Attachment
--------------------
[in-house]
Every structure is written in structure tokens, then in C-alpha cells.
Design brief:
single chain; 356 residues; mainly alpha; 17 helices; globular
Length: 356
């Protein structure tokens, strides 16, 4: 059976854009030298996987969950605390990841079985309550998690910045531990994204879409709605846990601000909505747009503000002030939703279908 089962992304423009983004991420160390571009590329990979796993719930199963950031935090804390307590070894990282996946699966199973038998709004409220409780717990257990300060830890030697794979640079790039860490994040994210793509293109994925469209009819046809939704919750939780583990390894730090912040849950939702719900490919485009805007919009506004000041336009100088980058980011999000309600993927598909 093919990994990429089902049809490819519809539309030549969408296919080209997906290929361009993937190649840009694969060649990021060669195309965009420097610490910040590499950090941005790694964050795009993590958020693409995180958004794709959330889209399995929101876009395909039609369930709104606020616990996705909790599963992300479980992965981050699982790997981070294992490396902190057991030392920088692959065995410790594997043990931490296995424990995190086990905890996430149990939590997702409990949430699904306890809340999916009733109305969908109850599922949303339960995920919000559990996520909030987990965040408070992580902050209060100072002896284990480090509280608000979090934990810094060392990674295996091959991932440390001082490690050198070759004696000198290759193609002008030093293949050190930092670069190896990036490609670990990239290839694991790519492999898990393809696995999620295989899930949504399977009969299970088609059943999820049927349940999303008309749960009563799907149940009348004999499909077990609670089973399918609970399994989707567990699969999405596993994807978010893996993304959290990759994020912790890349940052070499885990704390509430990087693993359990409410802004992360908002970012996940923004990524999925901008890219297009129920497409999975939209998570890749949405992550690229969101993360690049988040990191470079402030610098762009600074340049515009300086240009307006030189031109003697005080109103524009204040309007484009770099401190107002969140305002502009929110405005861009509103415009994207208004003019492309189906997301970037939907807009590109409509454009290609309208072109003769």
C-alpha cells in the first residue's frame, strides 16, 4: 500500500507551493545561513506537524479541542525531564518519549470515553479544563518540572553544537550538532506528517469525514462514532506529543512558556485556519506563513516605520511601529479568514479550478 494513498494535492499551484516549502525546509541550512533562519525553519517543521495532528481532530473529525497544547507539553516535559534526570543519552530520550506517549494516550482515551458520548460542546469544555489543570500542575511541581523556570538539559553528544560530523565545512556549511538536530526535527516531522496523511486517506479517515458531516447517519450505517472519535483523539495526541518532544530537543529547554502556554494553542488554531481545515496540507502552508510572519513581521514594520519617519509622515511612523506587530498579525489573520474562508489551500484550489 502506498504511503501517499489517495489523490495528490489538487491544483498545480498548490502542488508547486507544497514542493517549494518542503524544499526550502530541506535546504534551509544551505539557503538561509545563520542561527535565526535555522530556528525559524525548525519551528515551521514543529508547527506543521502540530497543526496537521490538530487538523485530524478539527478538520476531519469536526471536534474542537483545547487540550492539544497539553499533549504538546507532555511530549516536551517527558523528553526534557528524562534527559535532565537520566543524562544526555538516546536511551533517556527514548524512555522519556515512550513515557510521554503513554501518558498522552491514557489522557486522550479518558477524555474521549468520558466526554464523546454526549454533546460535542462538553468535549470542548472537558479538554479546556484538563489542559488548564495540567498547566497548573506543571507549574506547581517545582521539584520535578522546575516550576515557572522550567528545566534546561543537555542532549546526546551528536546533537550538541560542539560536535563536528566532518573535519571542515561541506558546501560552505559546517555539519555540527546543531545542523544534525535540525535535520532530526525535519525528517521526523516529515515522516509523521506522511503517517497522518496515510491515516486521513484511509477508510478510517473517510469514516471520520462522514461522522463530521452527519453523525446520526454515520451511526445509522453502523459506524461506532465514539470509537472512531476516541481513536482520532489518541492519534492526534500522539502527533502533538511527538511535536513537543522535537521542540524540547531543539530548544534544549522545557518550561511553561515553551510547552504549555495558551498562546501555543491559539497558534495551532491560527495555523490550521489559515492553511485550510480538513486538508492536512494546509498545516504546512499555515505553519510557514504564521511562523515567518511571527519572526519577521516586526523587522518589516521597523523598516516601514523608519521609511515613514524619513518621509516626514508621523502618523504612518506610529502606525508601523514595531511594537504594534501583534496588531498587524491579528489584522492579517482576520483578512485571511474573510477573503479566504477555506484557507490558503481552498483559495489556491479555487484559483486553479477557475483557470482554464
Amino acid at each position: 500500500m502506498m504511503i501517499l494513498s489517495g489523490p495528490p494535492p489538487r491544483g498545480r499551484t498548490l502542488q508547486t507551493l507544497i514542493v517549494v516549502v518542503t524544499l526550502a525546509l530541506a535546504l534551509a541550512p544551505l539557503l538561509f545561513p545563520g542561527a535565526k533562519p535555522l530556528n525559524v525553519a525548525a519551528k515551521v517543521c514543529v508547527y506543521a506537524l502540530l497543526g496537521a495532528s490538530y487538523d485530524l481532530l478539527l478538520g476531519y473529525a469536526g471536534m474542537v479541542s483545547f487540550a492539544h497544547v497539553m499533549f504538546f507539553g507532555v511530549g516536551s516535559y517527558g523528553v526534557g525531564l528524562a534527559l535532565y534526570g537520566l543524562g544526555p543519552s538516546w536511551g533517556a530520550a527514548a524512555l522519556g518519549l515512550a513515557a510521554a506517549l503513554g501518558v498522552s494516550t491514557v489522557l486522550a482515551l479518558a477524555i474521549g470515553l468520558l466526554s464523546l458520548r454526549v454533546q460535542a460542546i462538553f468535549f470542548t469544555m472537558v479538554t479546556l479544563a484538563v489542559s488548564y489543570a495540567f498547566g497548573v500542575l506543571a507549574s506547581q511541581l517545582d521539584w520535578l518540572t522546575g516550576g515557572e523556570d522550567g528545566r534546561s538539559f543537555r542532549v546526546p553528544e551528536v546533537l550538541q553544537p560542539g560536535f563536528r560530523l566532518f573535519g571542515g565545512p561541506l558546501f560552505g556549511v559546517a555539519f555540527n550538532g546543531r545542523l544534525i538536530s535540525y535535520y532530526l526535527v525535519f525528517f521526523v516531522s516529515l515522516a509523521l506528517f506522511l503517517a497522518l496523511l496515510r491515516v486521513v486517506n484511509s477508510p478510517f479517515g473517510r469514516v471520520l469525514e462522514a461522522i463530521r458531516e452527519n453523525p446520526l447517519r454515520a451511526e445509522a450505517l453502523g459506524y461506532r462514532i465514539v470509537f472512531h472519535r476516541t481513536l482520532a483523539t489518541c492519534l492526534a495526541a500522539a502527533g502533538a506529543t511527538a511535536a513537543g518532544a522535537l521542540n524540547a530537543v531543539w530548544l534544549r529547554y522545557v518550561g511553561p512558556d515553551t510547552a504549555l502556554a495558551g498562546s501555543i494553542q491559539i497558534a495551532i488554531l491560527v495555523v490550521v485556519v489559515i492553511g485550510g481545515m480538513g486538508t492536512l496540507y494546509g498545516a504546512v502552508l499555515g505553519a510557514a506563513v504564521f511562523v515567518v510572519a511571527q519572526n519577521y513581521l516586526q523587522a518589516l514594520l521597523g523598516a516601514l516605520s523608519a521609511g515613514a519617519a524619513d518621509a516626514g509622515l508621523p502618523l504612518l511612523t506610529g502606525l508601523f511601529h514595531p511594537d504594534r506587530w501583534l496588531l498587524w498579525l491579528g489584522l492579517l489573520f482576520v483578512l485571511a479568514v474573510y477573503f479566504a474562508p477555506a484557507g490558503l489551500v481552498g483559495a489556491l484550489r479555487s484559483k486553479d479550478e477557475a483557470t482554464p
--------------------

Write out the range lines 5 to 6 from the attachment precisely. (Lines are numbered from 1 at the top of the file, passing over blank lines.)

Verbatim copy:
Length: 356
């Protein structure tokens, strides 16, 4: 059976854009030298996987969950605390990841079985309550998690910045531990994204879409709605846990601000909505747009503000002030939703279908 089962992304423009983004991420160390571009590329990979796993719930199963950031935090804390307590070894990282996946699966199973038998709004409220409780717990257990300060830890030697794979640079790039860490994040994210793509293109994925469209009819046809939704919750939780583990390894730090912040849950939702719900490919485009805007919009506004000041336009100088980058980011999000309600993927598909 093919990994990429089902049809490819519809539309030549969408296919080209997906290929361009993937190649840009694969060649990021060669195309965009420097610490910040590499950090941005790694964050795009993590958020693409995180958004794709959330889209399995929101876009395909039609369930709104606020616990996705909790599963992300479980992965981050699982790997981070294992490396902190057991030392920088692959065995410790594997043990931490296995424990995190086990905890996430149990939590997702409990949430699904306890809340999916009733109305969908109850599922949303339960995920919000559990996520909030987990965040408070992580902050209060100072002896284990480090509280608000979090934990810094060392990674295996091959991932440390001082490690050198070759004696000198290759193609002008030093293949050190930092670069190896990036490609670990990239290839694991790519492999898990393809696995999620295989899930949504399977009969299970088609059943999820049927349940999303008309749960009563799907149940009348004999499909077990609670089973399918609970399994989707567990699969999405596993994807978010893996993304959290990759994020912790890349940052070499885990704390509430990087693993359990409410802004992360908002970012996940923004990524999925901008890219297009129920497409999975939209998570890749949405992550690229969101993360690049988040990191470079402030610098762009600074340049515009300086240009307006030189031109003697005080109103524009204040309007484009770099401190107002969140305002502009929110405005861009509103415009994207208004003019492309189906997301970037939907807009590109409509454009290609309208072109003769």